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Recording acoustic Guitar

Discussion in 'Guitars' started by Robin.bjerke, Apr 20, 2010.

  1. Robin.bjerke

    Robin.bjerke Active Member

    Jan 31, 2010
    This is a post from my blog about recording the acoustic guitar. I hope people may find it useful and it would be wonderful if you feel you have anything to add! Enjoy.


    Good day to you all!

    First off I would like to apologise for not posting anything for so long! I have been busy with work and sound and all that Jazz. On a lighter, more optimistic note, I received a question to the youtube vid I released a while back about a microphone for acoustic guitar and vocals being performed simultaneously Watch the video here: YouTube - Recording Acoustic Gutar and vocals simoultaneously - Urban Sound Studios

    He was wondering about recording and getting a good acoustic guitar sound. So I thought I would oblige and write this short piece.

    Even though I might be stating the obvious I feel it is important to point out that everything starts at the source. Make sure you have a quality guitar, with new and played in strings and a good guitarist. There is no shame in borrowing a guitar if it will better the result of the recording.

    When recording acoustic sources like a guitar the choice of microphone is quite important. The sound of an acoustic guitar is very rich and complex and each guitar has their own unique configuration of harmonics that make the sound. You should choose a microphone that accentuates the range of frequencies you wish to focus on in the recording. Most people will use a Condenser microphone due to their transient and high frequency response, but this is not necessarily a must. Dynamic microphones can produce fantastic results, and if you are as fortunate as to own or have access to a good quality ribbon microphone you can't go wrong.

    The most visable and tangible part of getting a good quality recording is the microphone placement itself. Alot of people will tell you that "this is where it sounds best" etc. etc. Well... I don't want to tell you where to place your microphone because there is no real "sweet spot" that is universally shared. Everything comes into play, from the strings used, the style of playing, calibre of pick, quality and material of the guitar and not to mention the room that you are recording on.

    The best piece of advice I can give in this aspect is to tell the guitarist to play, or have someone help you out if you are playing, and take a listen. Literally stick a finger in one of your ears and move your other ear around until you find roughly the sound you are looking for. You will notice how the guitars tonality changes according to where you are and how far away you are from the guitar. A common rule of thumb is that the further up the neck you go the more crispy and attacky the sound will become. Closerto the soundhole produces warmer and eventually muddy and boomy qualities. The sounding board (On the other side of the sound hole from the neck) produces some very nice, rounded tones that can be very good for a mellow sound.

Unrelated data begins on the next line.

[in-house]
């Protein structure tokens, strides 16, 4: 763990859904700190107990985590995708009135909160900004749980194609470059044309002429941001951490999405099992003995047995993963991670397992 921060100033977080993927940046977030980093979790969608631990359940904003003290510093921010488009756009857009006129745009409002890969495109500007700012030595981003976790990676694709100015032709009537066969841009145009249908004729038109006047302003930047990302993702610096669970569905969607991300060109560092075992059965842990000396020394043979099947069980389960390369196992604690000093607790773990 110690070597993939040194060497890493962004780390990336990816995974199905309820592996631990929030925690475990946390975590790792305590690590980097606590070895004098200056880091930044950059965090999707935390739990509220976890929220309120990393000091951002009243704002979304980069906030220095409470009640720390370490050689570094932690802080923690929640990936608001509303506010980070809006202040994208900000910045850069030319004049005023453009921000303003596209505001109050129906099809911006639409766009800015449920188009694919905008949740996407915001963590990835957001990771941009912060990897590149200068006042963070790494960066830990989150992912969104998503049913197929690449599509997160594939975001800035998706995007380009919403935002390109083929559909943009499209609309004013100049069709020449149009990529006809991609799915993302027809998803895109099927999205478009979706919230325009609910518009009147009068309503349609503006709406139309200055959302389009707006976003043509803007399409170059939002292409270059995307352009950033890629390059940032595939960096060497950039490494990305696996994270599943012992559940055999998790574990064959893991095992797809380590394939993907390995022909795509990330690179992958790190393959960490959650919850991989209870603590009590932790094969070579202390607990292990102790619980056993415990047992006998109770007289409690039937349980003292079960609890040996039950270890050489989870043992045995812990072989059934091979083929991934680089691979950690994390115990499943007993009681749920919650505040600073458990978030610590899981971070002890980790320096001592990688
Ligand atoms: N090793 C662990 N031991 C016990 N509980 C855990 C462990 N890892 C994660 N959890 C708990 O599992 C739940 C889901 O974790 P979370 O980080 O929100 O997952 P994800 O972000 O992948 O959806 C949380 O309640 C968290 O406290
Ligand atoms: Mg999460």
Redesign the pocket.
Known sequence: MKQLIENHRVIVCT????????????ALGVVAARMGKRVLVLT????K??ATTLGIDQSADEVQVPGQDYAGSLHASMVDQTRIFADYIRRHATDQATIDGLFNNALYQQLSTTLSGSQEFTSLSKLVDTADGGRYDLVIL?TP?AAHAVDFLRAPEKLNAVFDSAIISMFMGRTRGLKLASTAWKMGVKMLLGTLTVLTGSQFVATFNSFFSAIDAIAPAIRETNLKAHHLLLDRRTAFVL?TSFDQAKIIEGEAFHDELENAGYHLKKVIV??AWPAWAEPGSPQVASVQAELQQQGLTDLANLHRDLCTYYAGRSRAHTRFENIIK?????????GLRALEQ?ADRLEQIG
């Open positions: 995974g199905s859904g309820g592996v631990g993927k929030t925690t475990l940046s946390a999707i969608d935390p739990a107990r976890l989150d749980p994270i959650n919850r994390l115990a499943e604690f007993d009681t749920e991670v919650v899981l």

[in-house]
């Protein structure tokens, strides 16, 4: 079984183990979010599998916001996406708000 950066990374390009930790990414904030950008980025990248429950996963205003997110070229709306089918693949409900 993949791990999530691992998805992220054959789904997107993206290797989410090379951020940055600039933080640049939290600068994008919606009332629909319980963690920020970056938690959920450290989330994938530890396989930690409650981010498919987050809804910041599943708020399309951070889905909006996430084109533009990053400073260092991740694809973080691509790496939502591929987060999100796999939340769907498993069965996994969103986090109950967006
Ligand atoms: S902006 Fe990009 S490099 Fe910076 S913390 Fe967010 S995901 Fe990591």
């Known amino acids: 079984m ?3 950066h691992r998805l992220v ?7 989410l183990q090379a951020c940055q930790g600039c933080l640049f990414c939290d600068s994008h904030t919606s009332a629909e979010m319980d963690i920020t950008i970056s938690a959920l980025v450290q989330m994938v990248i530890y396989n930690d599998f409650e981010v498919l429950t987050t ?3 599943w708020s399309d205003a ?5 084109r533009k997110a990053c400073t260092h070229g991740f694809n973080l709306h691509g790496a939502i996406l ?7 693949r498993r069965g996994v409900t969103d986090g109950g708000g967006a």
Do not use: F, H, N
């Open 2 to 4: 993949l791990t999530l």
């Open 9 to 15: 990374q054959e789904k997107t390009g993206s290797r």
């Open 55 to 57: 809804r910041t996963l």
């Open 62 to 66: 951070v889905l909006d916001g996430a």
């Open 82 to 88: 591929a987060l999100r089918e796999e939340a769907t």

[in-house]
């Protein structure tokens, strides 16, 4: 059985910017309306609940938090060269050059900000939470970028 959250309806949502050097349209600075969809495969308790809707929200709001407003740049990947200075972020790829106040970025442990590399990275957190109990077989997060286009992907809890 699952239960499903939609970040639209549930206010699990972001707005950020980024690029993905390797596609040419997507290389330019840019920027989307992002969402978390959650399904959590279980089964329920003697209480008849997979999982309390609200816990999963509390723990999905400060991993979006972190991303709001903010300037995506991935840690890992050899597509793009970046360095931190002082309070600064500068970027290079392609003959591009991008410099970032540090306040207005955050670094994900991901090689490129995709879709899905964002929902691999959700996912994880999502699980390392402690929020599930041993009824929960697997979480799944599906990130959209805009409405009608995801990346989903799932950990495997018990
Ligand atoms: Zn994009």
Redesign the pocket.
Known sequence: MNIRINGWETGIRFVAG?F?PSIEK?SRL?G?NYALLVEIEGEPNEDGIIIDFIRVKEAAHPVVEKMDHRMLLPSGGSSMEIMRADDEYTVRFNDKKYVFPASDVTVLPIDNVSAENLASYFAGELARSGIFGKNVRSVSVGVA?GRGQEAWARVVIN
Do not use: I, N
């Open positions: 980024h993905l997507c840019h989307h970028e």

Experiment also with varying the distance to the guitar ad you will notice that the sound develops as the sound from different parts of the guitar meld and create their own feel. Setting up a microphone at a distance however does put some very stringent requirements to the room, and may therefore not be a viable option for a home studio.

    Another thing to try out is over the shoulder, producing results very close to what the player hears. From the ground up pointing at the sounding board. Setting up a microphone behind the guitar. The possibilities are literally endless, and nohing is right unless it sounds right. The most important thing is to play around and find the sound you want.

    Now that you've listened to the guitar and set up a microphone in various places but still not found the exact sound you're looking for, you might want to try finding another microphone and combining the best of many worlds.

    Allow me to make a suggestion based on my experience, though it may not apply to you it serves as an example of the above.

    I usually go for a large membrane condenser at around the 13th fret of the neck. About a foot or two out from the guitar and pointing straight down. I then set up another microphone, usually a small diaphragm condenser (A cigar mic) pointing towards the soundning board while being angled a tad toward the center of the guitar. You want the microphone to point towards the largest area of the soundning board at an angle of oh, say 30 degrees to the plane. When panned a little here and there in the mix this setup provides some very nice results, and gives a slight quasi stereo effect as well.

    I hope this article has been helpful Let me know if you have any questions!

    And remember, if it sounds right, it is right.


    For more articles on recording check out my blog Lydhj

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